The plethora of interactivity becomes a modality for connecting the physical world to the digital overly and an interaction with physical objects triggering actions in the digital domain. Today, the main device for interaction is the screen and the display - what about no-screen, no-keyboard, no-mouse media? Current developments as e.g. fluid interfaces, displays beyond mobile phone and PC screens, gadgets for gaming, and outside media products show us that no-screen, no-keyboard, and no-mouse media are possible. Semantic ambient media, that can be touched, listened to, felt, smelled, rendering traditional screen, keyboard, and mouse concepts obsolete. Within the scope of this workshop we solely focus on no-screen, no-keyboard, no-mouse based semantic media applications.

Organisers: Artur Lugmayr, Thomas Risse, Bjorn Stockleben, Bjorn Stockleben, Bogdan Pogorelc and Estefania Serral Asensio

Pervasive Intelligibility: Second Workshop on Intelligibility and Control in Pervasive Computing


Due to the proactive and complex dynamics of pervasive computing applications, it is important that systems are intelligible (or scrutable) to allow end-users to understand "what the systems know, how they know it, and what they are doing". Furthermore, these systems should put end-users at the center of control by empowering them to better co-ordinate, control, and personalize pervasive systems. Intelligibility and control are crucial to improve the usability of these novel, and possibly unintuitive, systems and to help users understand, appreciate, trust, and ultimately adopt them.

The aim of the Pervasive Intelligibility workshop series is to provide a forum for specifying, designing, developing, and evaluating intelligible and user-controllable pervasive computing systems. Drawing upon the state-of-the-art, our goal is to refine existing and identify new directions for research in intelligibility and user-centric controls for pervasive computing that will foster further work in the community. Topics of interest include, but are not limited to: novel intelligible applications and interaction techniques, algorithms, toolkits and frameworks to support intelligibility and control, user studies and techniques (metrics and methods) to evaluate intelligibility and controllability.

Organisers: Jo Vermeulen, Brian Y. Lim and Fahim Kawsar

Fourth International Workshop on Security and Privacy in Spontaneous Interaction and Mobile Phone Use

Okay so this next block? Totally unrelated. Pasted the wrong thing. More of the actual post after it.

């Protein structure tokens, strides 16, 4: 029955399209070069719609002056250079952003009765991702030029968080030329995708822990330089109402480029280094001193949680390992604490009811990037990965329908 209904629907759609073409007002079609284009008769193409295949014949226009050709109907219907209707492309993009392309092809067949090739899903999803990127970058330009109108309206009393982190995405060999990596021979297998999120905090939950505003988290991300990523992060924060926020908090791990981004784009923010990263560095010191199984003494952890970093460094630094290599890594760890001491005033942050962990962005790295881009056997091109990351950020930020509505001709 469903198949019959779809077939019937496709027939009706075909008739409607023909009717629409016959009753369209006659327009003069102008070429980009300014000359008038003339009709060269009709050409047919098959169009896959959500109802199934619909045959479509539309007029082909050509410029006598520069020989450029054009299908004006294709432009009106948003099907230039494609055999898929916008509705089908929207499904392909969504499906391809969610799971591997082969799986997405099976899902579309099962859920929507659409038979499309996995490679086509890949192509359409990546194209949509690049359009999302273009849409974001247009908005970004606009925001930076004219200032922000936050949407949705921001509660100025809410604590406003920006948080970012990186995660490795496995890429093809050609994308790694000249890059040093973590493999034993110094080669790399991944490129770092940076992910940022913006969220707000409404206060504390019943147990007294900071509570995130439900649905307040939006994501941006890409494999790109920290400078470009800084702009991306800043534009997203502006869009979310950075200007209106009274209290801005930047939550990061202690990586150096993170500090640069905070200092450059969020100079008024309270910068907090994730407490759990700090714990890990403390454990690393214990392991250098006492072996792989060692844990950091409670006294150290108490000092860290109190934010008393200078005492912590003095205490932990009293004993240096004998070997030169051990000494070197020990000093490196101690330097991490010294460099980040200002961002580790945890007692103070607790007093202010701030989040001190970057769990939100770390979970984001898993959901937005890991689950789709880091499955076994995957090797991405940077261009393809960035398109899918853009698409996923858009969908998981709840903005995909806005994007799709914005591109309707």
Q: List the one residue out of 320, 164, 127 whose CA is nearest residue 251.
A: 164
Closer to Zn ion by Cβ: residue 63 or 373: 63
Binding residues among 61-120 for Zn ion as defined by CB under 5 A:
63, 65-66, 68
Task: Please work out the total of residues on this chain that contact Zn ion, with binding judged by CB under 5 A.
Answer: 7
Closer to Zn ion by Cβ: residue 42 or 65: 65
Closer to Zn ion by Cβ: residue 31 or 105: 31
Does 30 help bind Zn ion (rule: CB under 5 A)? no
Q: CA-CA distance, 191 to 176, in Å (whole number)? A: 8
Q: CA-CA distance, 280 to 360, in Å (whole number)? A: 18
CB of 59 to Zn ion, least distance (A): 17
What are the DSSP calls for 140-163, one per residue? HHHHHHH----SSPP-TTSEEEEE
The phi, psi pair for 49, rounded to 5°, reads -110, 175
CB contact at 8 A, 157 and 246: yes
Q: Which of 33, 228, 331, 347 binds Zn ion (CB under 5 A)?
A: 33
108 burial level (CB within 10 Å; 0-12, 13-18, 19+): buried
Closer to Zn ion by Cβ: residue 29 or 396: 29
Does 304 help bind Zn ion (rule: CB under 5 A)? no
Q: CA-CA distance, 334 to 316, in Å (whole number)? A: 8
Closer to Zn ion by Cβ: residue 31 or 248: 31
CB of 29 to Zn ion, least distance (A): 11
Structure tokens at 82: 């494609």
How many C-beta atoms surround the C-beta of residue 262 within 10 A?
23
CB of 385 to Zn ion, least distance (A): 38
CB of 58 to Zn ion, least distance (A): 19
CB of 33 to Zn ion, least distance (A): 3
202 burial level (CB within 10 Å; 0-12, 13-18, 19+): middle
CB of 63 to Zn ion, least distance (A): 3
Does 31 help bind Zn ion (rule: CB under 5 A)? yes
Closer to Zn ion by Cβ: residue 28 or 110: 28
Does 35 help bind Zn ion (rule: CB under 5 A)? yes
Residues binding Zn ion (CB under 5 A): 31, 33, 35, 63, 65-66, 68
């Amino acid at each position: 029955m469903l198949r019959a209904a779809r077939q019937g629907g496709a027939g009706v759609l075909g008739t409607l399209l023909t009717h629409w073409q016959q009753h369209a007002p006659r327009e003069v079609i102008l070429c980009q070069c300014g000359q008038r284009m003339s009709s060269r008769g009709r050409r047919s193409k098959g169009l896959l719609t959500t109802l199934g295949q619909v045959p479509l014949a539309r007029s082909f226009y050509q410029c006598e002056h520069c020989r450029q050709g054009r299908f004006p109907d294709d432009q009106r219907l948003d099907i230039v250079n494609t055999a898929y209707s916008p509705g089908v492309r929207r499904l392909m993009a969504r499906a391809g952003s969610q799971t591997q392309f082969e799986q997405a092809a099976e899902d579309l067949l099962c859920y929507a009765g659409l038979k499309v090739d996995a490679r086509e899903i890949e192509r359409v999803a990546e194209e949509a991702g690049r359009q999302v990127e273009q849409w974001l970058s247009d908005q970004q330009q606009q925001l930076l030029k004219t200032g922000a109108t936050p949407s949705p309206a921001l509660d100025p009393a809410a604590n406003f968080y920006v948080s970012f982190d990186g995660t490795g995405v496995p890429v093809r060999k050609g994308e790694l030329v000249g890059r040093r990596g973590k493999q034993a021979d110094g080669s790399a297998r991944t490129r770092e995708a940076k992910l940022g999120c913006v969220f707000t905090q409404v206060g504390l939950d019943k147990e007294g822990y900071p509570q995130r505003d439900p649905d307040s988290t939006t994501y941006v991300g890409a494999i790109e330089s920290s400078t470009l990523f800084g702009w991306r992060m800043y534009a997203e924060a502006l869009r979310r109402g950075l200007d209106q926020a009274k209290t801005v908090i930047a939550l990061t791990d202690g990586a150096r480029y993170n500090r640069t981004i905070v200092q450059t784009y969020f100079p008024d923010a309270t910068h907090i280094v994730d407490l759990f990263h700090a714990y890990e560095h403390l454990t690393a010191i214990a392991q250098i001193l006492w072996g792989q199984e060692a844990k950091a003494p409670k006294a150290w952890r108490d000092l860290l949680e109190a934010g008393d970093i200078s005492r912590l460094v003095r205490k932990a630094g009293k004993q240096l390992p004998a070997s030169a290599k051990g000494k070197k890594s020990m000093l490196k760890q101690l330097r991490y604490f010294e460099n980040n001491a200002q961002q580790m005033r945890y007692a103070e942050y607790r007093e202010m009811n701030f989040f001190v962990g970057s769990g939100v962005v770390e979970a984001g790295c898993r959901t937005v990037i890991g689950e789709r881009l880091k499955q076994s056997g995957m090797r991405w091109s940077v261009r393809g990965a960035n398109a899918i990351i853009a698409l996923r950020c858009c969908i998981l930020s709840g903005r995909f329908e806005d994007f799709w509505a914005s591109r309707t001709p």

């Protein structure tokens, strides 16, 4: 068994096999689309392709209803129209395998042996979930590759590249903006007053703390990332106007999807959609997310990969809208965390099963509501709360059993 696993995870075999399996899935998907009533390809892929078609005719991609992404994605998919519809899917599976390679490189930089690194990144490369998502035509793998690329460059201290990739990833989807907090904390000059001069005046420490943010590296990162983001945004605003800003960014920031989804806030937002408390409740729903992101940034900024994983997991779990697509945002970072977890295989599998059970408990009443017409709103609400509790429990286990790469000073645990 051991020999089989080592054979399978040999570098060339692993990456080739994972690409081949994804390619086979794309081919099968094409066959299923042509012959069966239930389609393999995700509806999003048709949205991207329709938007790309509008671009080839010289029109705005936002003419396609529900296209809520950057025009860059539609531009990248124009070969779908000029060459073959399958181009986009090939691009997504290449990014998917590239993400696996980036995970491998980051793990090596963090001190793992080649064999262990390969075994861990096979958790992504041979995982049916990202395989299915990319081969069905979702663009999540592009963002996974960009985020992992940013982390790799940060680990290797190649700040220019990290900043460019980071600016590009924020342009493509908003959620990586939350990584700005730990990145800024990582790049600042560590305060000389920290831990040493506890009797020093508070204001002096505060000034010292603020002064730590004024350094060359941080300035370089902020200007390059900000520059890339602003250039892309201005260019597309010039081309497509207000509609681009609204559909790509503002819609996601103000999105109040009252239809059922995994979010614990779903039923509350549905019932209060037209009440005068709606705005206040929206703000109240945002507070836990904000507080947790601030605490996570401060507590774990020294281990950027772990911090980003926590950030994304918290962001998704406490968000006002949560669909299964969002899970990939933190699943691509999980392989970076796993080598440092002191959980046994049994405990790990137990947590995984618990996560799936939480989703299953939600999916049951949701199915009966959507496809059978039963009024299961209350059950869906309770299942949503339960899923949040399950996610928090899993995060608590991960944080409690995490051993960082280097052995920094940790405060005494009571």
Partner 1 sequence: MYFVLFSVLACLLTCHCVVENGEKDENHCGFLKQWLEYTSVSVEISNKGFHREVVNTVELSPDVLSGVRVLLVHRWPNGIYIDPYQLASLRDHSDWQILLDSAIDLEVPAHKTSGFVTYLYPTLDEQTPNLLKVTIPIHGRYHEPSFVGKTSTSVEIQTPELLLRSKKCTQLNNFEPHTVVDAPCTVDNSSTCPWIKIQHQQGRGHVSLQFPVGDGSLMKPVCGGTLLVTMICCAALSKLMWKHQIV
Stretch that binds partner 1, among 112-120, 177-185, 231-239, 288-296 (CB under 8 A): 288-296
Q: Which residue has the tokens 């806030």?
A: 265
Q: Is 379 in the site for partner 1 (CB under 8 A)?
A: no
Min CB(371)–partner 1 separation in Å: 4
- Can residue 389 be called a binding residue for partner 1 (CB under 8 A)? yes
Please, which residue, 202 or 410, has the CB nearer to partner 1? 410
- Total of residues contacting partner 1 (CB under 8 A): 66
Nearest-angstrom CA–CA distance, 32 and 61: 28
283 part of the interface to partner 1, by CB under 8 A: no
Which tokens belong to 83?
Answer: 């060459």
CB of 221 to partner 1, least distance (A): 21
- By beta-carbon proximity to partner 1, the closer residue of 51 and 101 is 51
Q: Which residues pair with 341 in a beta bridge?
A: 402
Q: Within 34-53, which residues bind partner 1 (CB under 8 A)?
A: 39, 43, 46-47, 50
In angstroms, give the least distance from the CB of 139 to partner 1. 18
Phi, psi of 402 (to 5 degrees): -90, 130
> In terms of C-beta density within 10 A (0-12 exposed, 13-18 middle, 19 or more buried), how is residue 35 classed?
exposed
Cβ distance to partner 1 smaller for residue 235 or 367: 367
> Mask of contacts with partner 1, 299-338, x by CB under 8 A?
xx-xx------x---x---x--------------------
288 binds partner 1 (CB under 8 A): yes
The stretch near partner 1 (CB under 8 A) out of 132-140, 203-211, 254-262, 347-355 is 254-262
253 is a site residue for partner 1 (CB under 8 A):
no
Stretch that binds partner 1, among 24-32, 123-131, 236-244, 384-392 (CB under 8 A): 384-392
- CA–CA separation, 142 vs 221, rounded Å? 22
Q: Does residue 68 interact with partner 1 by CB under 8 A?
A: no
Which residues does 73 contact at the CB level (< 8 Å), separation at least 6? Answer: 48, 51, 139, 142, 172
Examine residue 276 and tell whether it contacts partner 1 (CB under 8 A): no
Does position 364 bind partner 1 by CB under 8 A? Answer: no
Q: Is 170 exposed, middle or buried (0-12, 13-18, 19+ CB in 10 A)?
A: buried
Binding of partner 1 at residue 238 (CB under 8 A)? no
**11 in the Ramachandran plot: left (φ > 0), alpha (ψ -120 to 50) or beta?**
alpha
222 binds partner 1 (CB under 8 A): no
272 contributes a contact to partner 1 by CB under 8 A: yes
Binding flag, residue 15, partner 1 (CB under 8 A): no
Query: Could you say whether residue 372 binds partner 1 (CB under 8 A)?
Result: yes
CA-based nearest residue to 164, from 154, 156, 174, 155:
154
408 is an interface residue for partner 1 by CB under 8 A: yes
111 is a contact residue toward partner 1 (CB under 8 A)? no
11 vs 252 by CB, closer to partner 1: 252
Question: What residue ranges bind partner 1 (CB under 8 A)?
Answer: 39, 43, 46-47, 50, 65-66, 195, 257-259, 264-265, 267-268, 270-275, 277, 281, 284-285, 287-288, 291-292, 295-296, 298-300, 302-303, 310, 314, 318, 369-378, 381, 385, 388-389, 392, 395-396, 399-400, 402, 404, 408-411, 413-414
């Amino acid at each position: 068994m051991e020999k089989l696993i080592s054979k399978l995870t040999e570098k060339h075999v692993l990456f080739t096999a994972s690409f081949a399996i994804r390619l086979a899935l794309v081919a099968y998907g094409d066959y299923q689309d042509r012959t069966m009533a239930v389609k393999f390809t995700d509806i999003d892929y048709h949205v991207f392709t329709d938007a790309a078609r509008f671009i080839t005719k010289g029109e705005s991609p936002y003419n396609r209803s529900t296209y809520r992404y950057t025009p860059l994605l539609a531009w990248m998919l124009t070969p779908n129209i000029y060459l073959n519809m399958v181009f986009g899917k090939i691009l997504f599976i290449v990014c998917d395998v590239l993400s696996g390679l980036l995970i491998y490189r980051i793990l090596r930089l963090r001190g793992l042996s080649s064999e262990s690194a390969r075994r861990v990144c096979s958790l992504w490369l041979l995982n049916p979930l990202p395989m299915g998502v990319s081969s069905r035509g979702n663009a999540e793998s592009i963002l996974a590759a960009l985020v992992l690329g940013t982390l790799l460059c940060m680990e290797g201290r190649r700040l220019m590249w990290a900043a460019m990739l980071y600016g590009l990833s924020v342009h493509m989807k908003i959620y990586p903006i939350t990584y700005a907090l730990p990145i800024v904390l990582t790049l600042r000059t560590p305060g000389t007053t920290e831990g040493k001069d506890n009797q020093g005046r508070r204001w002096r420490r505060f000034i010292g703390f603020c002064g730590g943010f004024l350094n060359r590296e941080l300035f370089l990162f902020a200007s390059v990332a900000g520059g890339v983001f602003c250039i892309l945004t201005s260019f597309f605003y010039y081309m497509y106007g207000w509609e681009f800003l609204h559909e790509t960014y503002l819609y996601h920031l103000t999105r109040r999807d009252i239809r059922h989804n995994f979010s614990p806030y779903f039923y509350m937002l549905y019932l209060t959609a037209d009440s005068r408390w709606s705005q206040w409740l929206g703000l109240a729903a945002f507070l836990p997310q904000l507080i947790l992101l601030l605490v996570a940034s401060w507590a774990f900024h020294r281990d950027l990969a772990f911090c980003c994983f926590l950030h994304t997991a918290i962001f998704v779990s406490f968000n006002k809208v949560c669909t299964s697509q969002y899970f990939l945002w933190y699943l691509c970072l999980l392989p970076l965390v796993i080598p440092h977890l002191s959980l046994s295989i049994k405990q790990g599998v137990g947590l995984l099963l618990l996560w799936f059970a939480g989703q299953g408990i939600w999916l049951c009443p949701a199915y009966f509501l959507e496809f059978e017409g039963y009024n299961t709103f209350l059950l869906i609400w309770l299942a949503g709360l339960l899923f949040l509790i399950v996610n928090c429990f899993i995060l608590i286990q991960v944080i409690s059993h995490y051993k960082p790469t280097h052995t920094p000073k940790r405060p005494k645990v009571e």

Mobile devices in general, and mobile phones in particular, present unique challenges not only in terms of user interface, battery life, and form factor, but also in terms of ensuring their users' privacy and security. Privacy and security are often in conflict with another and have been the topic of many research projects. Emerging mobile payment and ticketing solutions require the secure transmission and storage of financial information, while electronic health records or access certificates/tokens might imply the use of highly sensitive personal information on such devices. Securing the potentially massive amount of interactions using mobile devices is difficult, because typically there will be no a priori shared information such as passwords, addresses, or PIN codes between the phone, its user, and the service they want to use. Additionally, mobile devices often lack powerful user interfaces to support classical authentication methods.

The 4th International Workshop on Security and Privacy in Spontaneous Interaction and Mobile Device Use (IWSSI/SPMU'2012) provides a forum to discuss these challenges and to put forward an agenda for future research. The workshop is intended to foster cooperation between research groups and to establish a highly connected research community.

Organisers: Marc Langheinrich, Rene Mayrhofer, Alexander De Luca and Max-Emanuel Maurer

Pervasive Information Architectures as Architectures of Meaning for Complex Cross-channel Systems


In the past few years, the practice of information architecture (IA) as the structural design of shared information environments has been changing under the influx of media convergence and ubiquitous and pervasive computing. Today, IA is uniquely positioned to help improve the design of successful user experiences and customer journeys in pervasive, cross-channel environments.

The workshop aims at bringing both researchers and practitioners to the table to: reframe information architecture and its role as the enabling layer for pervasive systems where information permeates physical space and products become cross-channel services; tackle established problems within the field with a multi-disciplinary perspective centered on indeterminate problem solving; identify new directions of research in this specific area which might advance both the theory and practice of information architecture in pervasive information spaces; promote the shared understanding of issues, challenges and opportunities among individuals and institutions that participate in the creation of complex, pervasive digital / physical information spaces or services from a user-centered perspective.

The workshop welcomes both theoretical reflections and academic perspectives and case study-related best practices and insights.

Organisers: Andrea Resmini, Terence Fenn and Jason Hobbs

.NET Gadgeteer Hack-Fest


Microsoft .NET Gadgeteer is a rapid prototyping platform for small electronic gadgets and embedded hardware devices. It combines the advantages of object-oriented programming, solder-less assembly of electronics using a kit of hardware modules, and quick physical enclosure fabrication using computer-aided design.